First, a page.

Sharing my sunset and a useful idea!
Here is my quick and easy recipe for homemade dog treats that look like a dog bone. I call them Doggie Bones and they are about 2 inches long.
Homemade Doggie Bone Treats
Makes about 20 dog treats – 2 inches long
1 cup flour (whatever kind you prefer)
1/2 cup rolled oats
1/4 cup peanut butter
1/4 cup water (add more as needed)
1-2 tsp olive oil (add more as needed so not sticky on hands)
- Mix all ingredients in a bowl to form a dry dough ball
- Take a small amount and roll into a log shape between your hands (add oil to your hands if needed)
- Pinch into a bone shape in the middle to look like a dog bone
Bake 375 F degrees for 15-18 minutes (light brown)
Doggie Bones will be pretty hard which is what you want. Allow to cool. Continue Reading →
It’s been over 3 years since I first posted about using Irish Spring soap to repel mice and other rodents. You can read my original post here and all the many comments concerning the pros and cons of this method.
A few things to mention and clarify are that you must use the original Irish Spring soap. Do not use the Aloe Vera scented soap as it doesn’t work and may actually attract critters with the added scent. Do not leave the soap in the box as this is also an added attraction to rodents as they love to chew on the cardboard.
Just use a small piece of soap about 1 inch square or trying grating it with a cheese grater and leave the shavings spread out to deter the rodents. Also make sure you use fresh soap and change it out to keep the odor fresh.
Also remember some people have had success with using original Irish Spring soap to ward off mice while others have not. But give it a try and see if this useful idea works for you and please share your results with us all.
I noticed that the Rose Hips along our driveway were already red and many have already dried up and died. So I took a quick walk down the driveway to harvest what remaining Rose Hips I could find. It may not look like much but I was glad to be able to pick some before they were all gone for the season.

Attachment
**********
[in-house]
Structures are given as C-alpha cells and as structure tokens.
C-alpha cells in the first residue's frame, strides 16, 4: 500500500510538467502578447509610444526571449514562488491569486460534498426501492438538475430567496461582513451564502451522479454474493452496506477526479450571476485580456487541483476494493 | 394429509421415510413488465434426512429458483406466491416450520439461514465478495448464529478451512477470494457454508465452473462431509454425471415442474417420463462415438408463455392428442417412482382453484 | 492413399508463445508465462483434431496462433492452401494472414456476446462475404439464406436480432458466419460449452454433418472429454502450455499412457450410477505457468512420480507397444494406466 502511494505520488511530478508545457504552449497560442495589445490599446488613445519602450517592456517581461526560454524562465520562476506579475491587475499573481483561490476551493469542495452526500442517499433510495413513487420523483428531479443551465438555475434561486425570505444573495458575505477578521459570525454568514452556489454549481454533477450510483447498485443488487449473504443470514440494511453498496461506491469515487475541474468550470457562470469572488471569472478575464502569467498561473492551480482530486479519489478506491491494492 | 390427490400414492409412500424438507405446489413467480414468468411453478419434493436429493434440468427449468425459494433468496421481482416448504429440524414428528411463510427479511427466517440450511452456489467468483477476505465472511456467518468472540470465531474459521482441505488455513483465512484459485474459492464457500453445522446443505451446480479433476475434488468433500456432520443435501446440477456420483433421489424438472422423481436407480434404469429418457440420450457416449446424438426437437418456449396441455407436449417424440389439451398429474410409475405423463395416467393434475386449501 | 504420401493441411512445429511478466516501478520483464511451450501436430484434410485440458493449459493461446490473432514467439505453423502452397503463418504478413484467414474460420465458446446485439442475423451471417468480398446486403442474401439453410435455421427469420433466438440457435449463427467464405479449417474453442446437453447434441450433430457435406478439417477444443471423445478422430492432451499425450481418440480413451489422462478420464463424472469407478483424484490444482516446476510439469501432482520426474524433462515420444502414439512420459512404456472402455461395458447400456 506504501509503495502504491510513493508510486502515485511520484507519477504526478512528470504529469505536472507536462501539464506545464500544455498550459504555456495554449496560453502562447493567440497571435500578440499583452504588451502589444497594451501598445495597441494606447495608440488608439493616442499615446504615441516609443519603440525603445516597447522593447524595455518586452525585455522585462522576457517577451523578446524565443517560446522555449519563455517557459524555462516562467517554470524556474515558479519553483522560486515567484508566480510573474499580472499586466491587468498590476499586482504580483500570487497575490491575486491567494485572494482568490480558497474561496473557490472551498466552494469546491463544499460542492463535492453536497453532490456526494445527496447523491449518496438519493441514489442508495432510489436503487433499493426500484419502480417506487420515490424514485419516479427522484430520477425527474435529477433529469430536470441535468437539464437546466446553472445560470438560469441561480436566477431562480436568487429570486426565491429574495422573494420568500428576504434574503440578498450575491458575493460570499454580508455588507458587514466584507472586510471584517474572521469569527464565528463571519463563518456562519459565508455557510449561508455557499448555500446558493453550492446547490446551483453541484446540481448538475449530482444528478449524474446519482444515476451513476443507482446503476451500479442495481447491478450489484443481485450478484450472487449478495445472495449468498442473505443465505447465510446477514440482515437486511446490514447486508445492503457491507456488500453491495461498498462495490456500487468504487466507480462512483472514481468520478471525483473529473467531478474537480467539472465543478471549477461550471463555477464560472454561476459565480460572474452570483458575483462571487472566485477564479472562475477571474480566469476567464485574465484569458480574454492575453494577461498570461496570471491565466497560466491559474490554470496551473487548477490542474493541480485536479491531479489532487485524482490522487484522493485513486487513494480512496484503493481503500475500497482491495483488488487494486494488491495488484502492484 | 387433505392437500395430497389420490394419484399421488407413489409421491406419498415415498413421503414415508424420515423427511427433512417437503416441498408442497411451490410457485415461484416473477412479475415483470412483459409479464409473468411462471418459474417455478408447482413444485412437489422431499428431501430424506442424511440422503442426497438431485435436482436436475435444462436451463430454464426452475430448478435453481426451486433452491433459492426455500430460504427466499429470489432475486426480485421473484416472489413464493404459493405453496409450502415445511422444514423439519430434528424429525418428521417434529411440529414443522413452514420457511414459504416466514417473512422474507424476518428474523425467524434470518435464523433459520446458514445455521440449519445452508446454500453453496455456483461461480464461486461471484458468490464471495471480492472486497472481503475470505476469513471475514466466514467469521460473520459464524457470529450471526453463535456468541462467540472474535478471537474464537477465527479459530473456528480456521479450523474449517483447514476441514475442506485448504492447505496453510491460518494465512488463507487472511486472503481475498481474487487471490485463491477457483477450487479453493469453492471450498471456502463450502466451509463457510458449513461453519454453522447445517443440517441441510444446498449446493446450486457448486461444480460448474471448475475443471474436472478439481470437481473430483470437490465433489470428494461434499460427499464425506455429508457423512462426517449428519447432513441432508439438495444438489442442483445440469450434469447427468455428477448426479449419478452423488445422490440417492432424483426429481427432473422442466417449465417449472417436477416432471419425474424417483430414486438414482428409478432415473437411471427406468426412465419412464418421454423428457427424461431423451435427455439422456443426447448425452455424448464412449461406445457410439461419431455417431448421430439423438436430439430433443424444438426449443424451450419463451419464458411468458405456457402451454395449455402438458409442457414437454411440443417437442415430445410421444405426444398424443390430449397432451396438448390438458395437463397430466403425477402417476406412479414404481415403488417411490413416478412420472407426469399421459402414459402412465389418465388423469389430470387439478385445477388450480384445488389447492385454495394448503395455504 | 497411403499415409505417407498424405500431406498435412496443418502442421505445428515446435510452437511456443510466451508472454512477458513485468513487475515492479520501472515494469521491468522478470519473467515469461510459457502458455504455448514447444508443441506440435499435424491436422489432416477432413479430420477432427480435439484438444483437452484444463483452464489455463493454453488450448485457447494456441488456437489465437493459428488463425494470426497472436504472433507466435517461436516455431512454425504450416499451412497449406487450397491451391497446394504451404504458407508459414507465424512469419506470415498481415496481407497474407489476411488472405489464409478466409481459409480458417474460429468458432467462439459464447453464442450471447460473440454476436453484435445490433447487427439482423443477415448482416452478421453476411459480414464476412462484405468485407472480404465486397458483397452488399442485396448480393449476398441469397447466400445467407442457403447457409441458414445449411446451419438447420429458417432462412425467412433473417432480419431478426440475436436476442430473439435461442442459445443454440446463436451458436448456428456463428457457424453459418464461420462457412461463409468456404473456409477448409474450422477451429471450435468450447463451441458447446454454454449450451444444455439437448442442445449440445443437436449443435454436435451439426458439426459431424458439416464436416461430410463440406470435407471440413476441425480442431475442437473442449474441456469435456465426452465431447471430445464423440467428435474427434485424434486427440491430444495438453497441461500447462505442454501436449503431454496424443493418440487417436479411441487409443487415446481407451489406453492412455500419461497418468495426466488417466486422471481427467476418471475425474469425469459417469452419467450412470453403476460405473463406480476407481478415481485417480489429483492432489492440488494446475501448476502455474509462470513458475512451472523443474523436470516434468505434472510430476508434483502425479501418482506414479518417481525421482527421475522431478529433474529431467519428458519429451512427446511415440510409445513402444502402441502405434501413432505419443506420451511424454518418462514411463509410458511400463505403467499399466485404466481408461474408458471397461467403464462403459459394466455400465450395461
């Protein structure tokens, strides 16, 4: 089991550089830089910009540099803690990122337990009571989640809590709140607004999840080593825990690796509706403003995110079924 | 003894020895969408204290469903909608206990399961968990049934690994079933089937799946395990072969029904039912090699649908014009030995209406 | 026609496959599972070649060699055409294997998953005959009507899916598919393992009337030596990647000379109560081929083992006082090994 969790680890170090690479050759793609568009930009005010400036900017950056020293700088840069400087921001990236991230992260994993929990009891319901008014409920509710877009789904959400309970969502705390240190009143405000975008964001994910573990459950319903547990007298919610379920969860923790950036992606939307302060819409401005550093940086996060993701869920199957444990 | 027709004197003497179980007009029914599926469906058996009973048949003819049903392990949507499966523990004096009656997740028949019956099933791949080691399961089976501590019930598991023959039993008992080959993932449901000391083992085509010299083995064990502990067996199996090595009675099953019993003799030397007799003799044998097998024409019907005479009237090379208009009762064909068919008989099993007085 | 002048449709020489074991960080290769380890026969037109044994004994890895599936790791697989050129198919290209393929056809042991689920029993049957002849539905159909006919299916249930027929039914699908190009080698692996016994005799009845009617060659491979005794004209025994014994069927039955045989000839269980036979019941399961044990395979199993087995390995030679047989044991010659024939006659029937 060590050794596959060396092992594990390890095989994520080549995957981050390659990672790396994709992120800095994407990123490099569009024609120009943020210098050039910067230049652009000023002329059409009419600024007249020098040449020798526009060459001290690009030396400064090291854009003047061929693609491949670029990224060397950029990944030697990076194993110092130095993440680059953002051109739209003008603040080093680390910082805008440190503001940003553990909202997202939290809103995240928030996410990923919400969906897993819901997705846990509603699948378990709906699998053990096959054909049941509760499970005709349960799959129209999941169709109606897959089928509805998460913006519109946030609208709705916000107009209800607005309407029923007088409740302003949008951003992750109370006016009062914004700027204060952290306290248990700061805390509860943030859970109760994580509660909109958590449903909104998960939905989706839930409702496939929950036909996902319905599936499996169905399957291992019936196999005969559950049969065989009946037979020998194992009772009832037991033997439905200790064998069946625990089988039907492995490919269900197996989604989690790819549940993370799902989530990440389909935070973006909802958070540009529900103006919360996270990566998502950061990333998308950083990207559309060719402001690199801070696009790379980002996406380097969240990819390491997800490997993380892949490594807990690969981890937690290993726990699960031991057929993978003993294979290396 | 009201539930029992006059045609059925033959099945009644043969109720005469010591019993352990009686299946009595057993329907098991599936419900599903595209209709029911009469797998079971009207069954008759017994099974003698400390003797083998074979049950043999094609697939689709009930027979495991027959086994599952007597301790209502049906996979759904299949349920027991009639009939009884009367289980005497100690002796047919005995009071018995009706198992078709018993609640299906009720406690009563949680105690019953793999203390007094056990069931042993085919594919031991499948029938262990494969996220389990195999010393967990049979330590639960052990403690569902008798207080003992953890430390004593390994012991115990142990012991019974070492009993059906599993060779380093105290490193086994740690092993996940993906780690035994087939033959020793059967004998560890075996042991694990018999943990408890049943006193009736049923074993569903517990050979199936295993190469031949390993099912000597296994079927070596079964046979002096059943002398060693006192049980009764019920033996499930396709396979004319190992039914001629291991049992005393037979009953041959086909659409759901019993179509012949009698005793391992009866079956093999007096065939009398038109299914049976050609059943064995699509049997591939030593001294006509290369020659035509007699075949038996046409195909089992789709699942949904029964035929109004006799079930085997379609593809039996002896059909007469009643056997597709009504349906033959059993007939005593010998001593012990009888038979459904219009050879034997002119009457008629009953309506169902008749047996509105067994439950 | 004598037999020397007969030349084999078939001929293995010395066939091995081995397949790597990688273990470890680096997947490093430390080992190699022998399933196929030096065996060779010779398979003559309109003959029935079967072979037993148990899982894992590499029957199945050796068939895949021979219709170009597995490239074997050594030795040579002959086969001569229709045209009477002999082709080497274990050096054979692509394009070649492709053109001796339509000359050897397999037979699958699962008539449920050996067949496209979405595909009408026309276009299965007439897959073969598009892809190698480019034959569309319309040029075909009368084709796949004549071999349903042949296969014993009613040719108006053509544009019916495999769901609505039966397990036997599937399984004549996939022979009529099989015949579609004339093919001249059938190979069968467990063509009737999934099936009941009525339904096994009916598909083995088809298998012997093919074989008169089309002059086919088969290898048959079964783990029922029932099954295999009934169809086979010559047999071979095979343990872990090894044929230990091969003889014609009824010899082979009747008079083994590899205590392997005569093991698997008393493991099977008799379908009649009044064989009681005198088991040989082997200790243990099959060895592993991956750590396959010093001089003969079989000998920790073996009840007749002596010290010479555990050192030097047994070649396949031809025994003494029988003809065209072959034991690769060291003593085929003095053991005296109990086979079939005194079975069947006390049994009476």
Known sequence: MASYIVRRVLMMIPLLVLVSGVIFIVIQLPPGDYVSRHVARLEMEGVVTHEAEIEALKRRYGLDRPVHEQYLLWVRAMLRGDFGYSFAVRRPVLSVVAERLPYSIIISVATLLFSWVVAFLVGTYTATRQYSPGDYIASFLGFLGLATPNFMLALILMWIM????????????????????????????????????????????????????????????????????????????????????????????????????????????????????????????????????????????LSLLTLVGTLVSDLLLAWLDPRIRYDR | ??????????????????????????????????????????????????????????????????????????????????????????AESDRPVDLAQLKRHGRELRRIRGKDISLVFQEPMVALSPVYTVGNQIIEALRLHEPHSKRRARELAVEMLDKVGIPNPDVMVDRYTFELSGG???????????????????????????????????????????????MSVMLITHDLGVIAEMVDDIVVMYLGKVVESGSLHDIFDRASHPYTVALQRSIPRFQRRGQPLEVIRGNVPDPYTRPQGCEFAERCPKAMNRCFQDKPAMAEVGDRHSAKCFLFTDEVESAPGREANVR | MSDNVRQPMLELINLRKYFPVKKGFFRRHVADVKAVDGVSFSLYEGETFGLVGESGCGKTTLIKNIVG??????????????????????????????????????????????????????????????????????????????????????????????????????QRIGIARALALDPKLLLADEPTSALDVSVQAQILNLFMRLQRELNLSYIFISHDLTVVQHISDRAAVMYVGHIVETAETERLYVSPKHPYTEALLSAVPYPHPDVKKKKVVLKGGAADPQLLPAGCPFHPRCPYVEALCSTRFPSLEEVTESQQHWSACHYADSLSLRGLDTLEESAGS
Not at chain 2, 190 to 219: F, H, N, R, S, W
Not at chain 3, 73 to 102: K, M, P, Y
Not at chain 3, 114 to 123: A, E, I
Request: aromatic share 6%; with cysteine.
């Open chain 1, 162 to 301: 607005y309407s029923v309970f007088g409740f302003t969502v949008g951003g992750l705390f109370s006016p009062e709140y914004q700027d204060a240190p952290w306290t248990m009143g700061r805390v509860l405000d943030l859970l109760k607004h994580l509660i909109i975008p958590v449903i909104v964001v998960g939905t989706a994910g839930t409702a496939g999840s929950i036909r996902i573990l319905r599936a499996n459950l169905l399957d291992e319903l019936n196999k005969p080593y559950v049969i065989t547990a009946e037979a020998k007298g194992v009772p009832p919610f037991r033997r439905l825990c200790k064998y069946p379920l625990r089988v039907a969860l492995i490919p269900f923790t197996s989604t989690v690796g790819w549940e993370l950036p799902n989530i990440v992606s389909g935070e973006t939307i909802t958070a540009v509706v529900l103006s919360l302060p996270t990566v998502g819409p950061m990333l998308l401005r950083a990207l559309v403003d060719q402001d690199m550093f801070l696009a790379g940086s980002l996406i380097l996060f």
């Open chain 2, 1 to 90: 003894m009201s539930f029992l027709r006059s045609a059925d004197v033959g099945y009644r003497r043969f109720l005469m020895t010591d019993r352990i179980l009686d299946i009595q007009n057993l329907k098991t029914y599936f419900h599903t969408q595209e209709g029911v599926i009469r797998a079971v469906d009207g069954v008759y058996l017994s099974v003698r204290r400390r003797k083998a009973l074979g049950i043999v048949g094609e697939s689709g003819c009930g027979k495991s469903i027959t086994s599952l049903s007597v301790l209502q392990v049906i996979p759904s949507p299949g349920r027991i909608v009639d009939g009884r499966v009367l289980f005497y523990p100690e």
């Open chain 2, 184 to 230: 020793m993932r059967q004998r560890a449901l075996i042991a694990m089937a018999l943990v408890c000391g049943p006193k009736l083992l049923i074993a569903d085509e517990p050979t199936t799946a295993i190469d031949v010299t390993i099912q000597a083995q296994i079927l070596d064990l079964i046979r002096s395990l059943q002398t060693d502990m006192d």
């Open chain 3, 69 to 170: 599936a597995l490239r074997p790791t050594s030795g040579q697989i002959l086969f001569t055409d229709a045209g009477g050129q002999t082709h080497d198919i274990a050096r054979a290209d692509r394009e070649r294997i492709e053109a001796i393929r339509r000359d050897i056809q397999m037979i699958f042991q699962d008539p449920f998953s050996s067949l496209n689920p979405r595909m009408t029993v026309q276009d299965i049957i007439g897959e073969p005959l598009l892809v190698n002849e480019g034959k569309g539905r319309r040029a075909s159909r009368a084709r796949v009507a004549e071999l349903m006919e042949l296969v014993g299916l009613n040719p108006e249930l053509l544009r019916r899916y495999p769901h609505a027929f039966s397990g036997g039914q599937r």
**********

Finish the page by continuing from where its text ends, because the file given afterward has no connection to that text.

Usually I harvest the Rose Hip berries later in the Fall like September or October. But this year, it appears with all the heat and lack of moisture, they dried up and fell off their branches early.
As few months ago I wrote a Rose Hips post on how to identify Rose Hips growing in the wild along with pictures to help in recognizing the plants.
There are several different varieties of wild Rose Hips. You can see in the photo above that I have a few different types of berries growing in my area.
I will cut off the leather skins and remove the insides. Remember to always remove the skins from the seeds and other materials inside. The seeds and little fibers inside are an irritating, hairy-looking substance you do not want. You need to remove all of the insides and rinse the red skins thoroughly to remove this unwanted material before you can use the remaining valuable portion of Rose Hip berry.
This post will help identify Rose Hips growing in the wild. From everything from their tiny little rose buds, to their thorny branches, and finally their blooming flowers.
Rose Hips do have several different varieties and colors of the flowers and fruit can vary. The following photos are of the main variety of Rose Hip that grows in the wild on our Northern Idaho property.
First here is photo of a pink blooming Rose Hip and a tiny rose bud.
I hope you have found these Rose Hips photos useful in your search of them in the wild. They grow freely all around our property and there are many uses for this natural fruit. Rose Hips have many medicinal uses and are a good wild source for vitamin C, make an excellent tea and herbal throat reliever just to name a few things.
Just remember to always remove the skins from the seeds and other materials inside. The seeds and little fibers inside are an irritating, hairy-looking substance you do not want. You must remove all of the insides and rinse Continue Reading →
Just a fun photo to share on how we are feeding the deer on our property naturally. We recently had to cut down a tree that was hanging dangerous over the house. After limbing the tree there were all these branches on the ground with tons of witch’s hair on them.
Well it didn’t take long for all of these does to come munch on the treats. The dried material often misrepresented as moss is really Lichens. The formal name is Alectoria sarmentosa or witch’s hair and is sometimes classified as a fungus.
Anyway the deer love witch’s hair from the limbs which provides an outstanding food source for deer and other animals. I should also mention that witch’s hair is a good firestarter. Just find some dried stuff under branches if you are in the woods and in need of some tinder for a fire. It works great and is usually easy to find hanging from tree limbs.